A “Nice” Person Doesn’t Suddenly Become a Racist

People are talking widely about the Amy Cooper incident in New York City. If you haven’t read the stories or seen the video, she had her dog off-leash in a section of Central Park where that isn’t allowed. An African-American man, Christian Cooper (no relation) asked her to keep the dog on a leash. He was looking at birds in the park and a free-roaming dog is an issue for that, not that he needs a reason to request that she obey the law. Her answer was to call the police and tell them there was a black man threatening her.

Christian Cooper has responded with more graciousness than she deserves. Fortunately, he was filming the whole incident. Who knows what would have happened if he hadn’t been. The very next day a man was murdered by Minneapolis Police for the alleged crime of passing a bad check. Christan Cooper has gone public asking people to stop the threats against Amy Cooper, particularly the death threats.

I grew up in a neighborhood that was racially diverse. It wasn’t always that way. I saw what happened when it was integrated. I didn’t like what I saw. I still am friendly with people I grew up with, particularly the family that lived next door to us, who’s male head of household is like a second father to me. Whenever these things happen, I always look at it in terms of what if it was someone I knew?

Amy Cooper didn’t suddenly become a racist the day she called the police. I would be willing to wager she’s never thought herself a racist. I know many people like that. She probably gets along fine with co-workers and acquaintances who are African-American, or at least thinks she does.

This side of her personality didn’t come out because she was having a bad day. It’s always been there. I’ve had plenty of bad days. I never once thought to call the police and lie about someone to get them arrested, much as I’d like to at times (I could just tell the truth about someone, but that’s another post for another time). It’s her expecting a black man to defer to a white woman. It’s something built into her conscious or even sub-conscious that she doesn’t deal with.

I’ve done stupid things, racially. I had a Confederate flag as a window shade back when I was all into Tom Petty and thought that was cool (he’s since renounced what looked like his support for the flag) in my racially-diverse neighborhood. I don’t know if I offended someone or if they just kind of rolled their eyes and said “that’s just Patti.” One time kidding around at work an African-American co-worker talked about her new niece who had a name like Mary. Kidding around, I said “shouldn’t it be Shaniqua or something like that?” I didn’t mean anything by it, but I’d said it. I’m sure she was offended. I didn’t think about it until a while later and then I was upset. Even all these years later, it bothers me that I was so stupid and didn’t see it.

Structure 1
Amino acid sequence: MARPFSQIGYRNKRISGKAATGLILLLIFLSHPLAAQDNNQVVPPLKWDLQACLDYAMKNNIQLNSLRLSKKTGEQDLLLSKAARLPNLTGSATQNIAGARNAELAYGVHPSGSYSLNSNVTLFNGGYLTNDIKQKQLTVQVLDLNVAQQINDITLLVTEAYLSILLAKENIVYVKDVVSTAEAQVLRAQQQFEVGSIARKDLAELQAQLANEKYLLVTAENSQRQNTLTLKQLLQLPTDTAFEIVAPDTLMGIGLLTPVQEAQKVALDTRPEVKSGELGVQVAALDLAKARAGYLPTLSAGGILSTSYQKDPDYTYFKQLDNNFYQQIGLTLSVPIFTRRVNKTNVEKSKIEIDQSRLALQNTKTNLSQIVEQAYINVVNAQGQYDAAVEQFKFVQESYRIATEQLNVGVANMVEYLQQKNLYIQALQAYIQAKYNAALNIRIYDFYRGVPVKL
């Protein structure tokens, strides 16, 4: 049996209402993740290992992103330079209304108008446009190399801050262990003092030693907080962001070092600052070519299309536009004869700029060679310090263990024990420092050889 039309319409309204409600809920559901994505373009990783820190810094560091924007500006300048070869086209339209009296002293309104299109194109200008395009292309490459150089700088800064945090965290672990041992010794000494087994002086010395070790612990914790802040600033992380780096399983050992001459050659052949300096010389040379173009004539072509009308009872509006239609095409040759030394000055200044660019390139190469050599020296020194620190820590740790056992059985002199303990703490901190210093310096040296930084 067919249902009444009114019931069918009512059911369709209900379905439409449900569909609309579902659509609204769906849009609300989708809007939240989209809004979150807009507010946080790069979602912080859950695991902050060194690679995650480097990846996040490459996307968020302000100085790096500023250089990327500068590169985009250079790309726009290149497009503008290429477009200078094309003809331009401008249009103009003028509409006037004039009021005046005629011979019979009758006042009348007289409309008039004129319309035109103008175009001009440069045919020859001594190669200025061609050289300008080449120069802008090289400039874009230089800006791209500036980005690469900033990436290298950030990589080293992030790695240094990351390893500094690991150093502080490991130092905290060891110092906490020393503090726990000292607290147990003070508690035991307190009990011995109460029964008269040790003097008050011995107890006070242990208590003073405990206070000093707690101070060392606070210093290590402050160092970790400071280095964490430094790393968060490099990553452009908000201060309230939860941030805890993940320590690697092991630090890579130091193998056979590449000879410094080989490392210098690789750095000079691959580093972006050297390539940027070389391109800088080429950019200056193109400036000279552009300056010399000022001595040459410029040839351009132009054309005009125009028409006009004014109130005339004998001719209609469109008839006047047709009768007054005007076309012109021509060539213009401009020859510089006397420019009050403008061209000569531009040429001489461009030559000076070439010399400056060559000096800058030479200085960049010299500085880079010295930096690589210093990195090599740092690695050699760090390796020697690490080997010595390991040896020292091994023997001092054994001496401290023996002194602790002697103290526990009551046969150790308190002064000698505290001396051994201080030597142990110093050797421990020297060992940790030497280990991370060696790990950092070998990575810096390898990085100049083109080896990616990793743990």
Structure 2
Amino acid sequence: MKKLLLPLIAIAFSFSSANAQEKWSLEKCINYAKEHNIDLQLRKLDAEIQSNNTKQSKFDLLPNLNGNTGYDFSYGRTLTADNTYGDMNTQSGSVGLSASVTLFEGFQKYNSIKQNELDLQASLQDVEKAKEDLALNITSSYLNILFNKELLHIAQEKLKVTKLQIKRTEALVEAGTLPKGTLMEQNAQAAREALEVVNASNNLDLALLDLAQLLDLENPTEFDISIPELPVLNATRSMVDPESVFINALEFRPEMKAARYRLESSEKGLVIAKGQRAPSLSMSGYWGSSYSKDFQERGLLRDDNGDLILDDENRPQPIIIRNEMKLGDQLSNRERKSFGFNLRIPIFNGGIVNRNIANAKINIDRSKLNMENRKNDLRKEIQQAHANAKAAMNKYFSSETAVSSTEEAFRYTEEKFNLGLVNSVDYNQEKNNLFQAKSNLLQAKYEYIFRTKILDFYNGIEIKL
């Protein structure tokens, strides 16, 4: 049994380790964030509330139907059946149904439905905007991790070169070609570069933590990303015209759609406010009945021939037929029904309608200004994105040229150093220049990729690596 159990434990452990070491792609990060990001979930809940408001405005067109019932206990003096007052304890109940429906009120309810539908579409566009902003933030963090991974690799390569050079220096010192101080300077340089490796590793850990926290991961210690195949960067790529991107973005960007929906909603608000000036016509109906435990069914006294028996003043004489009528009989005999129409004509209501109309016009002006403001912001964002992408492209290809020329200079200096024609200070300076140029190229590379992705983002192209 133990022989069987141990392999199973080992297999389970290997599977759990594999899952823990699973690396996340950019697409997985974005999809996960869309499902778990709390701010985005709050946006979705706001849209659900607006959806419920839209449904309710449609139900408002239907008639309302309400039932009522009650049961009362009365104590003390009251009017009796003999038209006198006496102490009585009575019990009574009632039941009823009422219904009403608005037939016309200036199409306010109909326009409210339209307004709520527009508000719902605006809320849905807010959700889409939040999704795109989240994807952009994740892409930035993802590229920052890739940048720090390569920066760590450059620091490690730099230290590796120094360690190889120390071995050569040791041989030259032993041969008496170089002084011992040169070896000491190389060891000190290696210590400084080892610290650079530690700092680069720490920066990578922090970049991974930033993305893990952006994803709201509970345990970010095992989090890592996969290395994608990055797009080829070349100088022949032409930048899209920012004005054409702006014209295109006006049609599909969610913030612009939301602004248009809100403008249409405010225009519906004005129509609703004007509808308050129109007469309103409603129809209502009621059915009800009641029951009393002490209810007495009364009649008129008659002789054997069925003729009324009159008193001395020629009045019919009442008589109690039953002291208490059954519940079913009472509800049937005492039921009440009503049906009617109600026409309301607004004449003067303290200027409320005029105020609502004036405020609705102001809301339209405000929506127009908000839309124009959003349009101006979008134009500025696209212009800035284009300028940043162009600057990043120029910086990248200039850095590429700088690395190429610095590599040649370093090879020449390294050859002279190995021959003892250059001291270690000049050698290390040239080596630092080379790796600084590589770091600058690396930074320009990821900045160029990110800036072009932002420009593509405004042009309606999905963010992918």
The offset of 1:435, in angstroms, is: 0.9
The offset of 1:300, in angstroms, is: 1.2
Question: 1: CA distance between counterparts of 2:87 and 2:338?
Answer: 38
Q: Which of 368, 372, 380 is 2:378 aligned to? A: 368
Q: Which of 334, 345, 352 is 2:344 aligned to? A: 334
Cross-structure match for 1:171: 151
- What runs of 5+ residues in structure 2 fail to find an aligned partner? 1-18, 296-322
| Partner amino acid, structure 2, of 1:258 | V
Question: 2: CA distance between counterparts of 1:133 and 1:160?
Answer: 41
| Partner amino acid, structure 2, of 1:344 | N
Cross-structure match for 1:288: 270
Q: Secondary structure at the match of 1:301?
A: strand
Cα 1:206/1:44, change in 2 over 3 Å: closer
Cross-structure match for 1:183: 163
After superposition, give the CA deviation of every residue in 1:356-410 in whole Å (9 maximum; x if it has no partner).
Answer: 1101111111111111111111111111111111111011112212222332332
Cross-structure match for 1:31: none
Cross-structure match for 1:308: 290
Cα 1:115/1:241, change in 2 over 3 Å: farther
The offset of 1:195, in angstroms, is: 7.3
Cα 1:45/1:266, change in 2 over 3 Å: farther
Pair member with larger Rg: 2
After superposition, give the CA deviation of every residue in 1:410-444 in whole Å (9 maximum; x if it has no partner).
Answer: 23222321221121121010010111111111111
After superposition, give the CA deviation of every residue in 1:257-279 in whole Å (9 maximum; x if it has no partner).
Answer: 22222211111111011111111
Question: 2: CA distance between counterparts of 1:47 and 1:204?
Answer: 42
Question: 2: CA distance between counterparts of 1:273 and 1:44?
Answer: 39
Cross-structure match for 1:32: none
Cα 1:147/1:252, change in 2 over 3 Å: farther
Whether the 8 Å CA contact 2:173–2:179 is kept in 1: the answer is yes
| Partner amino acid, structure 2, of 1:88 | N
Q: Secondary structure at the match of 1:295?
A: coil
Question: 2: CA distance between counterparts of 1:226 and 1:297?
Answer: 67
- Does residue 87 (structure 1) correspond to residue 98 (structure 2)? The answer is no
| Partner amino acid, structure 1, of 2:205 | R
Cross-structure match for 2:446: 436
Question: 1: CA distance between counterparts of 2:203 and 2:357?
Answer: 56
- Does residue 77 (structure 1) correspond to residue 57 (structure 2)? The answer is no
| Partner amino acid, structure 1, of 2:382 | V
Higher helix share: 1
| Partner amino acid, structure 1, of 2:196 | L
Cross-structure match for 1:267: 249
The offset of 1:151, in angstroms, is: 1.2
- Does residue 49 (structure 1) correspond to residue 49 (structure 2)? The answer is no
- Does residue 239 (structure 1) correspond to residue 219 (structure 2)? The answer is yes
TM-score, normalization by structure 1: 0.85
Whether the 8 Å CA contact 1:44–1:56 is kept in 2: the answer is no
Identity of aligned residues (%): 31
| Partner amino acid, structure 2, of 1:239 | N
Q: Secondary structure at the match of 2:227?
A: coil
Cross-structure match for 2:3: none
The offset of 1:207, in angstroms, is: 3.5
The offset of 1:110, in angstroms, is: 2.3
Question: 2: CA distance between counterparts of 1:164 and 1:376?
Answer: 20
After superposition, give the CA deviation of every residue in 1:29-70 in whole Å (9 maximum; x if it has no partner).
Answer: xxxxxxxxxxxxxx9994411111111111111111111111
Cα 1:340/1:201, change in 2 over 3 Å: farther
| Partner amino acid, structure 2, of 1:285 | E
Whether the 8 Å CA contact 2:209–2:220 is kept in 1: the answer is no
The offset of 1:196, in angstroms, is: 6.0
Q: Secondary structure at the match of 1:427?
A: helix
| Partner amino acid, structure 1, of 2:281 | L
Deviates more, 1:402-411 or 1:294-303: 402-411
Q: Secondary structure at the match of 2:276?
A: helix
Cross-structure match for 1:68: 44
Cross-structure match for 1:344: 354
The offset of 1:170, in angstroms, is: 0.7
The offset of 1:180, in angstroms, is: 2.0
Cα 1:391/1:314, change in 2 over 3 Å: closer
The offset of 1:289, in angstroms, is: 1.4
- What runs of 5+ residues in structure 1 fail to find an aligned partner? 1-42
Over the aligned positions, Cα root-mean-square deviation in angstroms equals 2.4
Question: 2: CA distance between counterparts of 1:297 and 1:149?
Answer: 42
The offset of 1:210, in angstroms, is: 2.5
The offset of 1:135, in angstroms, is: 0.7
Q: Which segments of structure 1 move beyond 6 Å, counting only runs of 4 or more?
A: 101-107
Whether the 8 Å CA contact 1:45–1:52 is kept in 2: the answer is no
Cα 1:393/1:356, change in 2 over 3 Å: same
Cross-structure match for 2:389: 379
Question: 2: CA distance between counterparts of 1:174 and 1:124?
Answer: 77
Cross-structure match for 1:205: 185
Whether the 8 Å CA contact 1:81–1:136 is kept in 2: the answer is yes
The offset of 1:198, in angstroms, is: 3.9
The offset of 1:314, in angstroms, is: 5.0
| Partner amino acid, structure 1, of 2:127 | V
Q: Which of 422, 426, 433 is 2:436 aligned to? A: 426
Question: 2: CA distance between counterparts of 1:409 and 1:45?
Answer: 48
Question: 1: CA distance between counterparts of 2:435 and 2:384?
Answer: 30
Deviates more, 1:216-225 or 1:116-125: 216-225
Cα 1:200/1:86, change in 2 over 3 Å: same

There’s a difference in someone like that and someone who would resort to calling the police and lying that a black man was threatening her. That’s not just a “bad day.” That’s something that is a part of her very soul.

White people tend to think other white people are okay to spout racist stuff around. I’ve been subjected to a lot of it. My favorite was always the comment about black people “knowing their place.” I usually file that stuff away as learning that I don’t want to know that person. If it comes down to “that person is nice except for the racism,” they aren’t really a nice person in my book. I don’t believe that someone who is racist, especially someone able to do what Amy Cooper did, is someone I’d want to call a friend, no matter how “nice” she was otherwise.

People do say and do racist things not realizing it. If confronted and they learn from it, that’s one thing. If they get their back up, that’s quite another. Amy Cooper crossed a line where it wasn’t just saying something stupid – she actively knew she was trying to bring harm to another human being by using his race against him. I can tell right from that she’s not a “good” person in my book and would not want to be friends with her. Was Carolyn Bryant, the woman who lied about Emmett Till and got him lynched an otherwise “nice” person?

I don’t like a lot of the “call out” culture. I see many trivial things that people call-out others on that just plain stupid. I see many posts about this guy is a pedophile or this woman abused her dog, and I think whatever they are showing you is one moment in time, especially when it comes to photos. There’s always two sides and an ex with an axe to grind can always manipulate things. Amy Cooper, though, was clearly recorded lying about an African-American man threatening her. There’s no wiggle room that it was a misunderstanding.

And I don’t believe that “nice” people suddenly become racist because they’re having a bad day.

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2 replies »

  1. Bravo! Well put. Sometimes people will say things they don’t realize are racist. But her words clearly show that she expected Mr. Cooper to defer to her. That wasn’t a misunderstanding of what could be misconstrued as racist. (I deal with that with people who repost mindless stuff about the Chinese and the coronavirus.) She’s a smart woman and clearly knew what she was doing.

    • Exactly. She was using his race and the police as a weapon. She saw her ability as a white woman to do this and did it because “he didn’t know his place”. If I had been her friend up until then I wouldn’t be anymore.

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